An excellent story of Roman Britain’s frontier, but with some violence and pagan elements.
When Alexios Flavius Aquila makes the wrong decision in a brush with Germanic tribes and loses an entire garrison, he is sentenced to the Valentian-Caledonian border to take over command of the Frontier Wolves - a motley, hardy pack scraped together from the scum of the Empire and held together with their own code of loyalty. As an outsider, Alexios must either learn their ways or end up dead.
In the midst of his getting a feel for his new outpost, Alexios stumbles headlong into a tribal uprising. Far from any reinforcements from Rome, Alexios hears himself giving the same fateful command he gave on the Danube: pull out. So with the tribesmen harrying his heels and ravaging the winter land all around him, his task is to get his Frontier Wolves back to Roman jurisdiction as safely as may be, and suffer what consequences may come.
The tribesmen and the Frontier Wolves have their code of conduct which they maintain with all politeness. Morality itself is never addressed as an issue.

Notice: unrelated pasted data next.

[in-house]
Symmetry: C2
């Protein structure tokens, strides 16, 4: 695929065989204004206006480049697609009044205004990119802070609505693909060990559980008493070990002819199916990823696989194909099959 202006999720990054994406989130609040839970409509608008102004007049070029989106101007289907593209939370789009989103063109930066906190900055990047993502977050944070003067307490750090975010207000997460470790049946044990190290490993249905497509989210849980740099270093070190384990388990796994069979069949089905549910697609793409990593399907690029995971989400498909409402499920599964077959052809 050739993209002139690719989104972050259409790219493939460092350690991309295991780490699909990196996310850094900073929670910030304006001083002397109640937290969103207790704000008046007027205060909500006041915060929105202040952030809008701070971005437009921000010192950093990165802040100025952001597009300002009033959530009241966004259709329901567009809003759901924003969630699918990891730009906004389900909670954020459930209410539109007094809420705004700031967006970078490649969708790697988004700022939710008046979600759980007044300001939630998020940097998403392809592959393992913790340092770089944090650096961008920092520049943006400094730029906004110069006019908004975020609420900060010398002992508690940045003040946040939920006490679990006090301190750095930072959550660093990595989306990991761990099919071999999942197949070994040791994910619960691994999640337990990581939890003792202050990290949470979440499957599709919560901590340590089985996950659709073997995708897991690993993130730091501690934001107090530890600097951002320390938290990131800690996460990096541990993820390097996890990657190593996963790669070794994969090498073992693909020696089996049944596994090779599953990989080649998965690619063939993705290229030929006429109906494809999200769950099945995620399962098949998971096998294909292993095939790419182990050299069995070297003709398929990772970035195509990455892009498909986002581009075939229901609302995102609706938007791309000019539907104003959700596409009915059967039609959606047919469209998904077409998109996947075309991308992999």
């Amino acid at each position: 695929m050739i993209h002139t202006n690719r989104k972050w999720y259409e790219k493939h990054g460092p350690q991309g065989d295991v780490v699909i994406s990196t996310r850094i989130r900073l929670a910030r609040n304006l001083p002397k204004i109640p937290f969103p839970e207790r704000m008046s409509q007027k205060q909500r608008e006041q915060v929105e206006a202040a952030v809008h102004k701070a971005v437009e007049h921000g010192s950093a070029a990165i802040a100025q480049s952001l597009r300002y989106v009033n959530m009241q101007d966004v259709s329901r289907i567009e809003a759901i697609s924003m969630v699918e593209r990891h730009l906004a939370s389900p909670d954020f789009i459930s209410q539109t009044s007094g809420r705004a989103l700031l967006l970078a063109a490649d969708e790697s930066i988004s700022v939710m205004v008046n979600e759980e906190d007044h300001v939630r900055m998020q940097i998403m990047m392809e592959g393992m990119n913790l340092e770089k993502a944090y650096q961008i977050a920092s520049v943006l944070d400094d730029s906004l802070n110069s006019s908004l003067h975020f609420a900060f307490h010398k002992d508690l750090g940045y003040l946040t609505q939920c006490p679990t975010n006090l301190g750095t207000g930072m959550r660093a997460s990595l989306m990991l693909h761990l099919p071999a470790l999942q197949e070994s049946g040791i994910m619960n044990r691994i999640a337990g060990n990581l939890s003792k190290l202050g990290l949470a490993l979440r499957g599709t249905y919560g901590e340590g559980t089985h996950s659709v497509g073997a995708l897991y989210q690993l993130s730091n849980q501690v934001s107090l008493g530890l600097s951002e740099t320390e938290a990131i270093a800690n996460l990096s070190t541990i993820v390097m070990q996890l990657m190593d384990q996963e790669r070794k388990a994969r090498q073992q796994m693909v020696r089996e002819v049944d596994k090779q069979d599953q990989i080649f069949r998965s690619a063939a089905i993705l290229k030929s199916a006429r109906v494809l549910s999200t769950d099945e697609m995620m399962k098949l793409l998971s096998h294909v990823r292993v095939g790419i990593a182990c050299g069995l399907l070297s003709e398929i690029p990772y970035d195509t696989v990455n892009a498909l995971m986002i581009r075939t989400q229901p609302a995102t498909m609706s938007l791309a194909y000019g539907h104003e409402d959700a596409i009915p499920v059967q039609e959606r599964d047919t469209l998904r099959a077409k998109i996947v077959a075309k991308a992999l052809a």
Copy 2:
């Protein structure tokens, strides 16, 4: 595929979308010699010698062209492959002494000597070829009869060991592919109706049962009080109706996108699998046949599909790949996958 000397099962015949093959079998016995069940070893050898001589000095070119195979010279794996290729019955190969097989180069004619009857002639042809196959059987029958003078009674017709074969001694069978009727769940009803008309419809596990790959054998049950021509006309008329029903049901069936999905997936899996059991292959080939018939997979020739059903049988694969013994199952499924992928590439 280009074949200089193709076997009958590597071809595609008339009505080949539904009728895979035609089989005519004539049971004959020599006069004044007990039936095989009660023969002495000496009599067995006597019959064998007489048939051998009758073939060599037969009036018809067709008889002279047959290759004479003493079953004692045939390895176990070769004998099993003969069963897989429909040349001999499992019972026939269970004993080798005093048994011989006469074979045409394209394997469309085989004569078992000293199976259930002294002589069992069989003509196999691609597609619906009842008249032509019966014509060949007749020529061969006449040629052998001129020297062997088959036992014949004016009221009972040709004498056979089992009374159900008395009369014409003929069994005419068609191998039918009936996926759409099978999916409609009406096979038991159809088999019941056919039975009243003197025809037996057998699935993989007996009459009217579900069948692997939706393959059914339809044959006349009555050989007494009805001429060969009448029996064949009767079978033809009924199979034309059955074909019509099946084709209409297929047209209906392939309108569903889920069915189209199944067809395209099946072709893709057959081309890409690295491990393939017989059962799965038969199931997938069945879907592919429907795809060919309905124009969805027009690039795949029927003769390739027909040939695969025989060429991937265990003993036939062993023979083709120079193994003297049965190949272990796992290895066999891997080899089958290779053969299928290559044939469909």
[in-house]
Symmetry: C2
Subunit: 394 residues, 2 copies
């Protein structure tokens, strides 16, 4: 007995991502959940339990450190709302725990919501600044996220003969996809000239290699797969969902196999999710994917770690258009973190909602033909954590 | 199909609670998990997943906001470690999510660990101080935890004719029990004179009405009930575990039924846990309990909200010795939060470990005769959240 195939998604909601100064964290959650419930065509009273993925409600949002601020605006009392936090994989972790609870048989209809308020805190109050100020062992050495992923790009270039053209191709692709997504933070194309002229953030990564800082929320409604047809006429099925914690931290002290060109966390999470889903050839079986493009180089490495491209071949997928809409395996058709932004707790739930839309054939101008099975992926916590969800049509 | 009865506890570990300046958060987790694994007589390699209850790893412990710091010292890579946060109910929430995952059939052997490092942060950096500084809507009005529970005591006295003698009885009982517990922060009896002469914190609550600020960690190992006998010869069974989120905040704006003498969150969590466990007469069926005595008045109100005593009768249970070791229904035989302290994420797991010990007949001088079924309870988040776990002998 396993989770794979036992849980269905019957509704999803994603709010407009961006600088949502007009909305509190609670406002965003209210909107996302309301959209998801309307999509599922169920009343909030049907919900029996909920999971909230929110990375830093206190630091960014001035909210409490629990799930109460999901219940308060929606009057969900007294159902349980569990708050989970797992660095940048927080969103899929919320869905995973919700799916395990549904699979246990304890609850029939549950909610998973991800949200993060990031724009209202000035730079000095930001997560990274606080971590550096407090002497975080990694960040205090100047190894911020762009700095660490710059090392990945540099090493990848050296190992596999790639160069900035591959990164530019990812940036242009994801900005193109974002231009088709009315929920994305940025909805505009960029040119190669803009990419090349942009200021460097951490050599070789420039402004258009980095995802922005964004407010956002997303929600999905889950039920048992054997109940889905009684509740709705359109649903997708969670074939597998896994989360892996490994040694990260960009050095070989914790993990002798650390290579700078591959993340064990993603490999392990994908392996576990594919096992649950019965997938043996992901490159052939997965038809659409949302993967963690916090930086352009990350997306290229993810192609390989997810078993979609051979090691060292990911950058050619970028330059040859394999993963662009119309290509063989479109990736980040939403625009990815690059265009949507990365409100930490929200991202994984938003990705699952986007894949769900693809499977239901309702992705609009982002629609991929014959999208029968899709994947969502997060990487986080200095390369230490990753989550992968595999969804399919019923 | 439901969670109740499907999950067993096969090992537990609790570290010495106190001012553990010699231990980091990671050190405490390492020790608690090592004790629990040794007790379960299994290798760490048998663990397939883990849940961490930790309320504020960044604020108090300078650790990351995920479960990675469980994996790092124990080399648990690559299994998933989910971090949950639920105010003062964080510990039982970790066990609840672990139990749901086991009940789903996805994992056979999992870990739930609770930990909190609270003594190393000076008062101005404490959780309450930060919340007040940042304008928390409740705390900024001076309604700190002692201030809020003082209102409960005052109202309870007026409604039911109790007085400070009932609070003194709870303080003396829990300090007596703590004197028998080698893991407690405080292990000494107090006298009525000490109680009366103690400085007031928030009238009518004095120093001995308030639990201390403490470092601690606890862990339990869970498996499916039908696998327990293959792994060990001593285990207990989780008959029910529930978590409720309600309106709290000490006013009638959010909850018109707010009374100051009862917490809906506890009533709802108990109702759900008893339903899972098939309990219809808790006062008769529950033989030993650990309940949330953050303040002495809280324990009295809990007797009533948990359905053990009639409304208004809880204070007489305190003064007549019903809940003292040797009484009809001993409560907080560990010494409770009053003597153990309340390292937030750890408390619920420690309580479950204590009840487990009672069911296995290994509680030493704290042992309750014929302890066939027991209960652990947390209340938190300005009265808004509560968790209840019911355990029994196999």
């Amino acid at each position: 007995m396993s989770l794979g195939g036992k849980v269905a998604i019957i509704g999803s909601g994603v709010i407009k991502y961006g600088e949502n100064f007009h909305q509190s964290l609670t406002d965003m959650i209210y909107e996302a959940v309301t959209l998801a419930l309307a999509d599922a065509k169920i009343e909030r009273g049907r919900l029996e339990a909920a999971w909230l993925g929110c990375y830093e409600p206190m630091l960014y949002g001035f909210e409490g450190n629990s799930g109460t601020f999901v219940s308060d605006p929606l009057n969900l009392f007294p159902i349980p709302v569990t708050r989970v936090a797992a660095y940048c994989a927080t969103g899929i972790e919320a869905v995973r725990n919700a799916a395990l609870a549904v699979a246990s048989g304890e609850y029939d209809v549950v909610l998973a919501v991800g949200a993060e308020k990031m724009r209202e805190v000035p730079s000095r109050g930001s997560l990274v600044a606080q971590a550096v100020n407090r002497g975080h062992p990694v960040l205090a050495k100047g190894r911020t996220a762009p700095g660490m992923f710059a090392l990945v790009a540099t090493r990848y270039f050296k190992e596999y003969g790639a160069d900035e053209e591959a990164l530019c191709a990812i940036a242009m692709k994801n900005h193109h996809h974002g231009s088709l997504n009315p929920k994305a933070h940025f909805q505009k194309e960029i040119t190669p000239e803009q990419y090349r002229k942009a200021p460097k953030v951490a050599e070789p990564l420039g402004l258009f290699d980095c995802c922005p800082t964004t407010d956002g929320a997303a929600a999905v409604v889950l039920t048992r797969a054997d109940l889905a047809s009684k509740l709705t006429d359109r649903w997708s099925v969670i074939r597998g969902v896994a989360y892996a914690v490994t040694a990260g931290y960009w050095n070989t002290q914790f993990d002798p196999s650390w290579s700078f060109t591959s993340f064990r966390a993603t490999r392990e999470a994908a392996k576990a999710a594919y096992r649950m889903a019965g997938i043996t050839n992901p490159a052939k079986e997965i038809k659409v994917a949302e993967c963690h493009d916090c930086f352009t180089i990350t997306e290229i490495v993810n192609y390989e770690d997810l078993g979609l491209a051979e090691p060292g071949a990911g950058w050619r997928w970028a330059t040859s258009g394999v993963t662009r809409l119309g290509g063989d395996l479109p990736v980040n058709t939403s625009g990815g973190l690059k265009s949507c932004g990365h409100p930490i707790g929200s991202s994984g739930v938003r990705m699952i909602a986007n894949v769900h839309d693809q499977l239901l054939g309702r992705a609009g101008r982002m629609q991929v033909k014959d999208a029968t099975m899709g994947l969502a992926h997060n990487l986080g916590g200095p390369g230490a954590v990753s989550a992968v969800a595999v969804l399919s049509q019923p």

Alexios and many of his men, also the tribesmen, hold to the old pagan gods. It is the custom for the Frontier Wolves to touch a stone called the Lady while passing by and it is assumed she gives them good hunting and safety. There are some Christians in the group, but these are never looked at very closely and by and large the pagan gods dominate the scene.
There is plenty of violence. There are knife-cuts and bruises from a fight, tussles in a game; a man gets an arrow in his stomach and takes some time dying, and Alexios contemplates a severed head. But while there is a lot of violence and plenty of room for violence, nothing is described in such a way as to turn one’s stomach.
Drug and Alcohol Content
There is drinking and drunkenness, though the main character is good at keeping his head clear.
It is suggested in passing that the Frontier Wolves, while they have no wives, do have girls.
Crude or Profane Language or Content
This story is both beautiful and intense. As in everything, Sutcliff paints a gloriously living picture of life in Roman Britain, this time through the eyes of a soldier learning to be a man. It makes for a riveting tale during the time when Rome was divided East and West and the Empire was drawing to a close.